"The material inherited from the father is turned off," Skinner said. "If you're missing material, you're not using the information from the active gene."

Recognizing the difference between autism and Angelman Syndrome is key to coping with it.

"Treatment may be inappropriate" if autism is diagnosed instead of Angelman Syndrome, Skinner said. "The genetic counseling is different, explaining to parents the risk that it may happen again. They may be making decisions based on the wrong information."

The official Angelman Syndrome diagnosis first came in the 1960s. This year, the National Institutes of Health has funded a pair of studies at four institutions - the South Carolina facility, Baylor College of Medicine, and children's hospitals in San Diego and Boston. One study focuses on the basics of the disorder while the other uses nutritional supplements as a possible treatment. With 500 people expected to participate, the projects are one of the largest investigations into the disorder, Skinner said.

The Bartletts will be included in the project at Baylor.

Tim and Rebecca Bartlett met while working at the dental clinic for the University of Missouri-Kansas City. They married May 8, 1993. Starting a family proved difficult, though. Fertility problems meant six years of trying to have a child before artificial insemination resulted in their first daughter, Hattie. A surprise came about 11 months later. Rebecca Bartlett was pregnant.

"Evidently, my body got a jumpstart," the 36-year-old said and laughed. "When I found out she was a girl, I had thoughts about her and Hattie playing Barbie, trading clothes, growing older and fighting over boyfriends ... Of course, none of that's possible. I've had to let go of those dreams."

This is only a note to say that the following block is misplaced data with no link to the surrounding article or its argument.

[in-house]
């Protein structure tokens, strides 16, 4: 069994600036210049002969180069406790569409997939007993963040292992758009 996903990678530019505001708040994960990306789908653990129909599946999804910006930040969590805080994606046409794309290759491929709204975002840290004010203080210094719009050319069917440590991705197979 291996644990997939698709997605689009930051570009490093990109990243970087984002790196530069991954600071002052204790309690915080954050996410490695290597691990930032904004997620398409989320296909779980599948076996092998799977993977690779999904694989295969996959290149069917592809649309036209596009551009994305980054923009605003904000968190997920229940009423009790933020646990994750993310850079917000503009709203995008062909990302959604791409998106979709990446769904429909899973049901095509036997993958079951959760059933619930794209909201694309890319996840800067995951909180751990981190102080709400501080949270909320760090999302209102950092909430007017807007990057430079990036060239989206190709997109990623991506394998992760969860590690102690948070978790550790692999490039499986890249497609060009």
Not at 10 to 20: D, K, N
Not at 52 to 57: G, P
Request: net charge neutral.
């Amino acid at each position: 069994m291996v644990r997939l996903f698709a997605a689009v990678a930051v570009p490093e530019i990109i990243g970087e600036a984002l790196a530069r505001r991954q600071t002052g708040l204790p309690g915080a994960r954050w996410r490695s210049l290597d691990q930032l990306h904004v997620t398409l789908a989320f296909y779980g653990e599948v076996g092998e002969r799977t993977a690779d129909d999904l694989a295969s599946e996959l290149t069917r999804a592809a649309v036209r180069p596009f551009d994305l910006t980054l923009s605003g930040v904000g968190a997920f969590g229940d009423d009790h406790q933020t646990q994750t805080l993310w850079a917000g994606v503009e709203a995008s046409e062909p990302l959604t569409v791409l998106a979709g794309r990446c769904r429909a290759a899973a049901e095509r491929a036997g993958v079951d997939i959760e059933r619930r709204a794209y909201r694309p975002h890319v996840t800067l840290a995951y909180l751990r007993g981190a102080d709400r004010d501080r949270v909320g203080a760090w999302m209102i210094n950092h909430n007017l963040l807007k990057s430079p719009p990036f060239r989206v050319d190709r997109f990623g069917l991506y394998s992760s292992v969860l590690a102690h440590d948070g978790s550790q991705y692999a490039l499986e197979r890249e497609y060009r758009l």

The couple had one more child, Glenn, by the time problems with Eliza had begun to show.

"She wouldn't make any babbling noises," Rebecca said. If she sat Eliza upright, she would fold over.

"Most kids were crawling" by her age, Rebecca Bartlett said. "She couldn't even sit."

They were living in Virginia at the time, and doctors told the Bartletts that Eliza would recover. Eighteen months later, though, things hadn't improved much. Finally, a genetic test revealed the syndrome in 2005.

Eliza is actually one of the higher functioning children with the condition, her parents said. Others are wheelchair bound or have seizures. Still, the family has gone through four televisions because Eliza will push buttons so much that electrical systems short circuit. A flat screen television is mounted on the wall to keep it away from the 4-year-old's hands. Lamps aren't kept in the front room because Eliza will chew through cords.

But the family refuses to let the syndrome keep them from making a life for themselves. Rebecca Bartlett has crafted bibs out of T-shirts so Eliza can attend I.C. Evans Elementary School like Hattie, who is in kindergarten. And Hattie is the first to tell others about her younger sibling, Rebecca Bartlett said.

What's more, the 6-year-old knows caring for her sister won't be easy. It will be done, though.